NVIDIA drivers just not working

I have been trying to install all the versions of the driver on my laptop but none of them are able to make it past
the boot, I have tried installing the drivers in every possible way, the following are my specifications, I have tried really hard but nothing has worked for me

I also tried the nvidia smi command and it fails error stating:
NVIDIA-SMI has failed because it couldn’t communicate with the NVIDIA driver. Make sure that the latest NVIDIA driver is installed and running.

Please help me I am desperate

Well Nvidia wont work no matter what you do, because
the most important features for your hardware are disabled
in linux, while being enabled in windows.

But aside from that! You are using Ubuntu or a gnome desktop
environment which default to using wayland as the display server
instead of the far more reliable and performant x11 display server,
and wayland is broken in a variety of ways, most notably with nvidia which
somewhere around 50% more or less of users all are using if they are using
an enhanced graphics card whatsoever.

To get past the boot-up process in this scenario that is essentially broken
now on a ton of different distro’s thanks to wayland integration being rushed, you have to type in nomodeset on the kernel command line from the grub boot menu. you do that by pressing e at the grub menu and adding in the command nomodeset after the line where it says vmlinuz…ro… and then press f10 to boot and you can finally get right into these types of linux operating systems.

After that point you need to install an nvidia driver typically in order to make your computer work at all. But sometimes that is not enough, and you have to make sure to log out of the desktop so you can select to use x11 from the login screens settings instead of wayland.

Then everything should work normally. Basically you want to use x11 instead of wayland anyways, but you can also use the command nvidia-drm.modeset=1 on the kernel command line to get it working with wayland too. But if you want a stable desktop environment and high performance from your graphics card you still need to use x11 anyways.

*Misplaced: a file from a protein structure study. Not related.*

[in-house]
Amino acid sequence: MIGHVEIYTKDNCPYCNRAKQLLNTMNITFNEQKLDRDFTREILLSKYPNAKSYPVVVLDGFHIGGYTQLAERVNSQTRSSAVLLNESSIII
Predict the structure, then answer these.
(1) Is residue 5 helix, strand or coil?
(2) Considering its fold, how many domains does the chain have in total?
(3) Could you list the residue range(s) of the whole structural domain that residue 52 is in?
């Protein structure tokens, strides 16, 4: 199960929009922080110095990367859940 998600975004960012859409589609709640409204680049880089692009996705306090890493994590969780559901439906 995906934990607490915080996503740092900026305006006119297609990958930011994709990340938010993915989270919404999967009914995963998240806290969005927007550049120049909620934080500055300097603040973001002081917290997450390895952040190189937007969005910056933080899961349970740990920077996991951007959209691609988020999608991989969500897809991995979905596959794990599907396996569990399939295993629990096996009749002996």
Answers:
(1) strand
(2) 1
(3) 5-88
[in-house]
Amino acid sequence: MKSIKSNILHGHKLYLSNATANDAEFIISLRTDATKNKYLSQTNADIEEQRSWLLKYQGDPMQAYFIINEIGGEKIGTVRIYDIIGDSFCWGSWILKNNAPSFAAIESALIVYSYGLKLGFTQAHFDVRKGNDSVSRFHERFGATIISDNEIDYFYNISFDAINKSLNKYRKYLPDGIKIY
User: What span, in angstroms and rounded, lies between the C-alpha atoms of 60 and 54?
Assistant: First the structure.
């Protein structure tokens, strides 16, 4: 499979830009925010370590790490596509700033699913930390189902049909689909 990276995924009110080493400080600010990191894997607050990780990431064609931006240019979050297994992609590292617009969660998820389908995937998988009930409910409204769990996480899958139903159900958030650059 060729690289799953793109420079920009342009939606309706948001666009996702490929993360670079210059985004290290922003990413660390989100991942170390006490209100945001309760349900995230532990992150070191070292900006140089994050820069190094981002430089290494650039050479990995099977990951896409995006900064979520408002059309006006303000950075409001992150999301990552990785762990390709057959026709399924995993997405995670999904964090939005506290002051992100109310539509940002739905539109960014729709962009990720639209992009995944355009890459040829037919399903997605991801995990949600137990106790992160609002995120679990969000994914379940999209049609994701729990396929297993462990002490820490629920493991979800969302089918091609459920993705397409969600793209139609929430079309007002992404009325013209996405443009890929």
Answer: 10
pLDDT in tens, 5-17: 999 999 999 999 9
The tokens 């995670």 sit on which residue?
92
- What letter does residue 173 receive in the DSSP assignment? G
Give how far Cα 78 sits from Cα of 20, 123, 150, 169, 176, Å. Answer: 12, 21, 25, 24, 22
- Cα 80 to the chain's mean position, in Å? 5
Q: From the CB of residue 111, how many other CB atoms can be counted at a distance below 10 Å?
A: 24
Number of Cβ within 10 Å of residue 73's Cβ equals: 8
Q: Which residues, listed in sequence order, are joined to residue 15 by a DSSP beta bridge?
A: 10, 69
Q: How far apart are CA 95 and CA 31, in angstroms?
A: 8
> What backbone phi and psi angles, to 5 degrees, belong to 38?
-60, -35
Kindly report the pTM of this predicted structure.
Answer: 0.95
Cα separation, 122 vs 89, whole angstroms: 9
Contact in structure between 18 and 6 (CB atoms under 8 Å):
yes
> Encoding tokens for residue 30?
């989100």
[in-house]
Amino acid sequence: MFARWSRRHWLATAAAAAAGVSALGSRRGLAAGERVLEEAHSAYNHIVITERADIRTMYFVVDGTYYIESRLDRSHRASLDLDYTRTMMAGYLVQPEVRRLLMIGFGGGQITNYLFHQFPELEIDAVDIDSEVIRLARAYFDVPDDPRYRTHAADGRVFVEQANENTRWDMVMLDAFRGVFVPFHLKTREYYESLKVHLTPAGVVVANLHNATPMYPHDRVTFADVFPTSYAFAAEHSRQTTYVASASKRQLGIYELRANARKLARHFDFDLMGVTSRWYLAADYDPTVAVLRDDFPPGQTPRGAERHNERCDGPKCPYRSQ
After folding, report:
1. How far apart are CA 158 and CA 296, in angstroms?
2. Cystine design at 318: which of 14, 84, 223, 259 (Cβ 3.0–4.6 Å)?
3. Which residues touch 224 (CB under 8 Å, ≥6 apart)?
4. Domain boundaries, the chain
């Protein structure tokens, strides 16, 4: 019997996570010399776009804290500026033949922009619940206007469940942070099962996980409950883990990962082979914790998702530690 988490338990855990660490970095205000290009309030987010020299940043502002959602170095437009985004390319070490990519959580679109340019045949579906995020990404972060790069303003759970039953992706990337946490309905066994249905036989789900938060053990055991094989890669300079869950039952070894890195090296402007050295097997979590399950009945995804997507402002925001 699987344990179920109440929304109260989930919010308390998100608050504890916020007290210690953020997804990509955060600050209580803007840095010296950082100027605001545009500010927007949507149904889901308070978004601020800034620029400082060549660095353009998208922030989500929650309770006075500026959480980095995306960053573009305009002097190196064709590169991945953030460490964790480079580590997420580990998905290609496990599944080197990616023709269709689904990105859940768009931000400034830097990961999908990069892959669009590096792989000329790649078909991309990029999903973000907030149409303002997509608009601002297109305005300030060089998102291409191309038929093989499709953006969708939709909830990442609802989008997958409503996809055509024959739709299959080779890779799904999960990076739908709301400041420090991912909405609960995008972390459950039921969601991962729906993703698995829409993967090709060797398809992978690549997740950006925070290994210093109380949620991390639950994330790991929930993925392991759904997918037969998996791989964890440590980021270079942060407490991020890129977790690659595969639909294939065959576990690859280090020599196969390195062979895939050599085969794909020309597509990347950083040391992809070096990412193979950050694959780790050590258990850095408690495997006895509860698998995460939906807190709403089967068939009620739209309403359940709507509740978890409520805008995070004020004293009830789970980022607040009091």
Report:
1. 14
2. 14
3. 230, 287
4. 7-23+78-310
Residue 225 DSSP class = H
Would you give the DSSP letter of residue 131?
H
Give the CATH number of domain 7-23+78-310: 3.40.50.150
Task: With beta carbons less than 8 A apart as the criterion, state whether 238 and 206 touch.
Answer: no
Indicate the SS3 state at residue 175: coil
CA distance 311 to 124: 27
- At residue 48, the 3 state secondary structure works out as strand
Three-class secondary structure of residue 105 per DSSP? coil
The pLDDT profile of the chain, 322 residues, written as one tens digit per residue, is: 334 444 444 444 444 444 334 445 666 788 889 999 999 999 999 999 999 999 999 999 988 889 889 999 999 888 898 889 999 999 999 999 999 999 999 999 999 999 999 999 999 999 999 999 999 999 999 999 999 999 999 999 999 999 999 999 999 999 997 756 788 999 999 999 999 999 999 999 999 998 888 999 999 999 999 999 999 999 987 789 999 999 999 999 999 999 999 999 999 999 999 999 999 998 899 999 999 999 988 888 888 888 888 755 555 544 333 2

That is how you fix the problem, unless your driver isn’t installing properly which typically happens because distributions drivers are made to be built against a specific kernel version/s. You can work around that problem by also using the installer from nvidia’s website which is able to build against any version I believe without issues.

But! In order to do that you have to run the nvidia.run file from your desktop wait till it completes, and when it does you have to manually update your initramfs at the end, which fails at the end of the install like this…

sudo update-initramfs -u

You can do that, or distributions do include their own meta packages that install nvidia for you, and should work easily, if you’re using x11 as the default display server, which you set by getting to the log-in screen where you can select to use it.

I’m pretty sure no one is testing these things at all…

If you can’t get to the grub menu at bootup, then you’re in the biggest kind of trouble, and you have to i think hold shift or shift+c to open up the grub menu if your boot-up is configured to skip past it like on ubuntu.

Thanks a lot, really appreciated, I am fairly new to Linux and I am learning,
I shall try and let you know

Please run nvidia-bug-report.sh as root and attach the resulting nvidia-bug-report.log.gz file to your post.

It is not recognizing nvidia command despite of installing the drivers

Last time i used ubuntu on my laptop the default repo had issues with installing nvidia after versions 22.10, not sure if that is the case for you too.

did you try with this PPA? : sudo add-apt-repository ppa:graphics-drivers/ppa
Source: Proprietary GPU Drivers : “Graphics Drivers” team

Also ‘sudo update-initramfs -u’ from @LinuxGaming81734 is a pretty good suggestion as for instance the arch wiki advises to do after installing their version of nvidia driver packages.

I made this picture with A.i. using the first image of a black hole m87 and, put a penguin on top of an nvidia card basically…in space.

Just wanted to say, don’t give up! Nvidia and linux can work together one day hopefully. Right now we get good performance with x11 and by turning off the compositor and using highres=off on the kernel command line or building it into the kernel, as well as turning off wifi power saving, in both the kernel and the operaitng system…

There’s a ton of features in other words, that have to be configured in linux to get good performance that is comparable to windows, for gaming, and we are unable to fully optimize nvidia, which is our ultimate bottleneck, but one day that will hopefully change too if maybe we can impart our passion for using nvidia and linux to the broader community.